3 Jun, 2021 @ 17:29
2 mins read

NEW NORMAL: What we know about Spain’s new Covid-19 restrictions in place until 70 percent of population vaccinated

Premieres Vacances Estivales Sous Conditions Sanitaires Majorque Iles Baleares
Avec le deconfinement et la reouverture des bars et restaurants, les Iles Baleares reprennent progressivement leurs activitÃ's afin d accueillir au mieux les touristes pour la periode estivale. Restaurant Ca'n ribes,Soller, ile de Majorque, Iles Baleares, Espagne. 15 mai 2021. Photographie de Jeanne Accorsini / Sipa Press. With the deconfinement and the reopening of the bars and restaurants, the Balearic Islands are progressively starting to welcome the tourists for the summer period.Restaurant Ca'n ribes,Soller, island of Mallorca, Balearic Islands, Spain. 15 May 2021. Photograph by Jeanne Accorsini / Sipa Press.//ACCORSINIJEANNE_1911.30683/2106021433/Credit:JEANNE ACCORSINI/SIPA/2106021438 *** Local Caption *** 01022234

SPAIN’S government has introduced a new traffic light system that will determine restrictions in place based on the infection rates in each territory.

The traffic light system was unveiled on Wednesday following a meeting between the Spanish Health Ministry and regional authorities and will be in place until 70percent of the population are vaccinated, a target set to be reached by the end of August.

The system which will apply to municipalities with populations above 10,000 inhabitants recommends different restrictions depending on the infection rate and with hospital occupancy taken into account.

The risk categories are divided into extreme, high, medium, low and new normality and these will determine rules governing nightlife venues, entertainment events and restaurant occupancy.

This chart produced by El Pais shows the risk levels based on epidemiological data:

It means that in the lowest infection areas, nightclubs could remain open until 3am and up to ten people will be allowed per table on a restaurant terraza.

“A gradual and progressive return to normality is needed. Lessons must be learned”, the health minister, Carolina Darias, told journalists.

But it will be up to each regional government to impose the rules, although according to the Health Minister, the agreement is binding.

Under the new rules, nightclub establishments in low risk and new normality areas will be able to open with a maximum capacity of 50 percent indoors and full capacity outdoors. Six people are allowed in a group indoors and 10 outdoors but they must be served at a table and remain socially distanced. Closing time will be at 3am at the latest.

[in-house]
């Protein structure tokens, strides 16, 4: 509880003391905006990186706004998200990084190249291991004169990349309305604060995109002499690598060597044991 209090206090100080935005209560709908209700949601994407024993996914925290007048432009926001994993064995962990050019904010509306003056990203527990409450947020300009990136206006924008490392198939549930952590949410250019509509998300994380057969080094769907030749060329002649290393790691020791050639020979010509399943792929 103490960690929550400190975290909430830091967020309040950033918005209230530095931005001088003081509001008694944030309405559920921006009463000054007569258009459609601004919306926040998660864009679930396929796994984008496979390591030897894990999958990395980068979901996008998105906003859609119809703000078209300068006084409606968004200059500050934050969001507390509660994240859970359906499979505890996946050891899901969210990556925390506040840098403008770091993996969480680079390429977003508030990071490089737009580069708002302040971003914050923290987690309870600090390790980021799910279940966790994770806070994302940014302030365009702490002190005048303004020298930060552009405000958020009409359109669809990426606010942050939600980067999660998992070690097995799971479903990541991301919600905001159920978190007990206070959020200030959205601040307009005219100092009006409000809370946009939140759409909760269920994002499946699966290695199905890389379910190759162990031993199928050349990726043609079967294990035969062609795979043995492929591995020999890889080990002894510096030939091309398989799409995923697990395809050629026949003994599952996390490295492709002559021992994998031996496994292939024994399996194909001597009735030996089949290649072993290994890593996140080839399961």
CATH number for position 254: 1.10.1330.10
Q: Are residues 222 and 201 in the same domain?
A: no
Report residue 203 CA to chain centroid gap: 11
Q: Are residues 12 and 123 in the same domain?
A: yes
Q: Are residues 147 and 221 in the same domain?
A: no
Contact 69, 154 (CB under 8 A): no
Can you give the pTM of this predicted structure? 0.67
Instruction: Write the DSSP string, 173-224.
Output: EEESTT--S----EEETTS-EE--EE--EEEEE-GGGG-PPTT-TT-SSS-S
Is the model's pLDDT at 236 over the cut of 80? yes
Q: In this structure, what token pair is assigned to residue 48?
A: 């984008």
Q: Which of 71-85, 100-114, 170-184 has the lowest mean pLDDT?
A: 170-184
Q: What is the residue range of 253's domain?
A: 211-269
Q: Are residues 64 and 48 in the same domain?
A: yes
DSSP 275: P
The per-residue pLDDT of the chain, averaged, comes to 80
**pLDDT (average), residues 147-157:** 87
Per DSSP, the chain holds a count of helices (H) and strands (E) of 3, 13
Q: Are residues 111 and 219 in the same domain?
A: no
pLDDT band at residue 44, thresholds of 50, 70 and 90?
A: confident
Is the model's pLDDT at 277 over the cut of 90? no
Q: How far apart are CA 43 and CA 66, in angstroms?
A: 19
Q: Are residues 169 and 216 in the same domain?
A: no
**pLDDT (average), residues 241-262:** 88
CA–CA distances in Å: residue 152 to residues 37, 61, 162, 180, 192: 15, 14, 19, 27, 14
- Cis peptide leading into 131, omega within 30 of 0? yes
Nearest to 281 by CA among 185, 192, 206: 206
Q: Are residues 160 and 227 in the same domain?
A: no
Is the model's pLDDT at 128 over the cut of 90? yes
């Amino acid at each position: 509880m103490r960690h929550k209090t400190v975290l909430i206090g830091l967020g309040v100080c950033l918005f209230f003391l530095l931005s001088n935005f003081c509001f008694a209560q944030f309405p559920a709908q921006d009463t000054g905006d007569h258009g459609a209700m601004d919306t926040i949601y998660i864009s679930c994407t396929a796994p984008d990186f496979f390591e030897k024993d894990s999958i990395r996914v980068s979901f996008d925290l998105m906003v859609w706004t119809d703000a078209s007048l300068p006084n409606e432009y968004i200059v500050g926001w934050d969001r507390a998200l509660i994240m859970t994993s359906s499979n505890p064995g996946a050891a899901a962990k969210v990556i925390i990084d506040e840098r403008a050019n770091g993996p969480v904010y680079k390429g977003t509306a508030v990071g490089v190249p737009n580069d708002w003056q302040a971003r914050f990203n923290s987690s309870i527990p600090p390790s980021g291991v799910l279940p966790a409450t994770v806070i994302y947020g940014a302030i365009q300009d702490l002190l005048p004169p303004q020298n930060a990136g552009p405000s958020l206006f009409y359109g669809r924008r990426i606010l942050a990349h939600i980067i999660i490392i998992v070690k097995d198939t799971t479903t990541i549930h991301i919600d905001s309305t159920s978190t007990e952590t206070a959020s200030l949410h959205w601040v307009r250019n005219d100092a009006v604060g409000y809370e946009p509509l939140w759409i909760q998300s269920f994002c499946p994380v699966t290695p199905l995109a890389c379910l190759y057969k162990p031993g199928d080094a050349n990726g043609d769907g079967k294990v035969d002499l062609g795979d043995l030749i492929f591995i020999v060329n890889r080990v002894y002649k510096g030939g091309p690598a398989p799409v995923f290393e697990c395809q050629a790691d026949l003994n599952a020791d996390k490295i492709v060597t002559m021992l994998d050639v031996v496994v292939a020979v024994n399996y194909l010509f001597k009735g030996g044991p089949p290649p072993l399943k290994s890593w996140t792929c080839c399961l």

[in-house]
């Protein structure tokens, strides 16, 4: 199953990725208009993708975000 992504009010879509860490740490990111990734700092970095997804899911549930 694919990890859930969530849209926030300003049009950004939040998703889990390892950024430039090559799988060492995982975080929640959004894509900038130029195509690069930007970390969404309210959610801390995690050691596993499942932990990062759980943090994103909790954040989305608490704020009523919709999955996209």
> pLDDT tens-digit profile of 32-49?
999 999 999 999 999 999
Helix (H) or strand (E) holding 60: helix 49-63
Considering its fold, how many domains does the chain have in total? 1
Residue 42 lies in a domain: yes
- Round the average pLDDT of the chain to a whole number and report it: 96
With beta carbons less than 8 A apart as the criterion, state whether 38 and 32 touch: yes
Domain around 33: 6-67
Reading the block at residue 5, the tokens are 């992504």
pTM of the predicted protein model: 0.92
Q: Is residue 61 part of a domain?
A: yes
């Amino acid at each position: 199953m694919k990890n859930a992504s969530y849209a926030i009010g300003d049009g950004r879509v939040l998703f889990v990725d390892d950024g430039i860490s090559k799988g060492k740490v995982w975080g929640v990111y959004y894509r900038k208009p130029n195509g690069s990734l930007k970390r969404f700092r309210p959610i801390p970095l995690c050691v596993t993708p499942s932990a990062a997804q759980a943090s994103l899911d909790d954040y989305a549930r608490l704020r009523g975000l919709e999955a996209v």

However it has not been made clear whether dance floors will be allowed and the social group – which is capped at a maximum of six people inside – has to remain masked, according to local media.

In medium risk areas, closing time is brought forward to 2am with capacity limited to a third inside.

While in high and very high risk areas, these places will not be allowed to open.

Bars and restaurants will have to close by 1am (last orders at midnight) in new normality and low risk zones with six people can sharing a table inside, and 10 outside.

In medium risk zones capacity inside will be limited to one third while terrazas can be filled to 75% with six people per table both inside and out.

In high risk areas, interiors will be closed but terrazas can operate on the same terms as medium risk.

But in very high risk outdoor areas will be capped at 50 percent capacity and with limited opening hours and a maximum of four a table.

If infection rates are seen to be rising and exceed 500 cases per 100,000 inhabitants over 14 days, then establishments must close, only offering takeaway or delivery.

Spain’s overall infection rate fell to 118.5 cases per 100,000 on Wednesday, nearly halving since the end of April, but only the Balearic Islands, Valencia Community and the North African enclave of Ceuta meet the sub-50 requirement and fall into the lowest risk category.

Here is the latest chart from the Spanish Health Ministry showing the infection rates in each region:

Captura De Pantalla 319

According to the latest figures published by Spain’s Health Ministry, nearly 40 percent of the population (18,426,204 people) in Spain have already received their first dose of a Covid-19 vaccine – 38.8% of the population.

While 9,679,187 people, or 20 percent of the population, have completed their vaccinations and now have full protection.


Fiona Govan

Fiona Govan joined The Olive Press in March 2021. She moved to Spain in 2006 to be The Daily Telegraph’s Madrid correspondent and then worked for six years as Editor of The Local Spain. She lives in Madrid’s Malasaña district with her dog Rufus.

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